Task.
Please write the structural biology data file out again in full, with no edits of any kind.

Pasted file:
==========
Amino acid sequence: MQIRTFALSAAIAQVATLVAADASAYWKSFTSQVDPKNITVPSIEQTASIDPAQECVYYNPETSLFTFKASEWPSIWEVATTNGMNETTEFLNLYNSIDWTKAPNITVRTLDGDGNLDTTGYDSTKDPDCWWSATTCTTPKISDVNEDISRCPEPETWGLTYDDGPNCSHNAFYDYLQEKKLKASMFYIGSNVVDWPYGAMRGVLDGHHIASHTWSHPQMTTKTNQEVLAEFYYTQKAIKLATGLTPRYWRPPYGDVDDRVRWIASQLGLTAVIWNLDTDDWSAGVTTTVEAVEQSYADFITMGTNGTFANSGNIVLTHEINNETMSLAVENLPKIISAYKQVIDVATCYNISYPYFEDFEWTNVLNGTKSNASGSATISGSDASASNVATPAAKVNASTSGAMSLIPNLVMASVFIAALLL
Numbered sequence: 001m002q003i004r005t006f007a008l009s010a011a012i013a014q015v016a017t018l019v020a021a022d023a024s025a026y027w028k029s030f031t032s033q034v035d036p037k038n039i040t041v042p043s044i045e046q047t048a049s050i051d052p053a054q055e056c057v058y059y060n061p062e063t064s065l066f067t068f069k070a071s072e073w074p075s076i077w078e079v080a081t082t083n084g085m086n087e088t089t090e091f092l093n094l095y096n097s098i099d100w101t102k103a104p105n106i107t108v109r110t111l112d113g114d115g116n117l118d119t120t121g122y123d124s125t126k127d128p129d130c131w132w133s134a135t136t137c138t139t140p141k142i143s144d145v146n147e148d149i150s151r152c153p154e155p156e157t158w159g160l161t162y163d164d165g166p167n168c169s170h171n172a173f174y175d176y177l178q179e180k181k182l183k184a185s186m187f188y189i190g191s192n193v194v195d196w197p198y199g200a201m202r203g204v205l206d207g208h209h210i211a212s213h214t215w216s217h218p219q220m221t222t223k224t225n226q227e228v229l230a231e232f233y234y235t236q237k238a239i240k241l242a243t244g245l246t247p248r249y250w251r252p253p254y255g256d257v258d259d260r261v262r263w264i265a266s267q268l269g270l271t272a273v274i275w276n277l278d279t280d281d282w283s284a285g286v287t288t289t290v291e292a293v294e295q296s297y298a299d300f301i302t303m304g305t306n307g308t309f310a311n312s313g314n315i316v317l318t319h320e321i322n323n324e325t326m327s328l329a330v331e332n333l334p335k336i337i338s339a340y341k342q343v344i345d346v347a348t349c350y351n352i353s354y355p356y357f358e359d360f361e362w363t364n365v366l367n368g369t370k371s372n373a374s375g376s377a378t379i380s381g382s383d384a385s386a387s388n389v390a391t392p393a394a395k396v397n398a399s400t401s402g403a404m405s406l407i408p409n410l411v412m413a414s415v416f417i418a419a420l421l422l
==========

Amino acid sequence: MQIRTFALSAAIAQVATLVAADASAYWKSFTSQVDPKNITVPSIEQTASIDPAQECVYYNPETSLFTFKASEWPSIWEVATTNGMNETTEFLNLYNSIDWTKAPNITVRTLDGDGNLDTTGYDSTKDPDCWWSATTCTTPKISDVNEDISRCPEPETWGLTYDDGPNCSHNAFYDYLQEKKLKASMFYIGSNVVDWPYGAMRGVLDGHHIASHTWSHPQMTTKTNQEVLAEFYYTQKAIKLATGLTPRYWRPPYGDVDDRVRWIASQLGLTAVIWNLDTDDWSAGVTTTVEAVEQSYADFITMGTNGTFANSGNIVLTHEINNETMSLAVENLPKIISAYKQVIDVATCYNISYPYFEDFEWTNVLNGTKSNASGSATISGSDASASNVATPAAKVNASTSGAMSLIPNLVMASVFIAALLL
Numbered sequence: 001m002q003i004r005t006f007a008l009s010a011a012i013a014q015v016a017t018l019v020a021a022d023a024s025a026y027w028k029s030f031t032s033q034v035d036p037k038n039i040t041v042p043s044i045e046q047t048a049s050i051d052p053a054q055e056c057v058y059y060n061p062e063t064s065l066f067t068f069k070a071s072e073w074p075s076i077w078e079v080a081t082t083n084g085m086n087e088t089t090e091f092l093n094l095y096n097s098i099d100w101t102k103a104p105n106i107t108v109r110t111l112d113g114d115g116n117l118d119t120t121g122y123d124s125t126k127d128p129d130c131w132w133s134a135t136t137c138t139t140p141k142i143s144d145v146n147e148d149i150s151r152c153p154e155p156e157t158w159g160l161t162y163d164d165g166p167n168c169s170h171n172a173f174y175d176y177l178q179e180k181k182l183k184a185s186m187f188y189i190g191s192n193v194v195d196w197p198y199g200a201m202r203g204v205l206d207g208h209h210i211a212s213h214t215w216s217h218p219q220m221t222t223k224t225n226q227e228v229l230a231e232f233y234y235t236q237k238a239i240k241l242a243t244g245l246t247p248r249y250w251r252p253p254y255g256d257v258d259d260r261v262r263w264i265a266s267q268l269g270l271t272a273v274i275w276n277l278d279t280d281d282w283s284a285g286v287t288t289t290v291e292a293v294e295q296s297y298a299d300f301i302t303m304g305t306n307g308t309f310a311n312s313g314n315i316v317l318t319h320e321i322n323n324e325t326m327s328l329a330v331e332n333l334p335k336i337i338s339a340y341k342q343v344i345d346v347a348t349c350y351n352i353s354y355p356y357f358e359d360f361e362w363t364n365v366l367n368g369t370k371s372n373a374s375g376s377a378t379i380s381g382s383d384a385s386a387s388n389v390a391t392p393a394a395k396v397n398a399s400t401s402g403a404m405s406l407i408p409n410l411v412m413a414s415v416f417i418a419a420l421l422l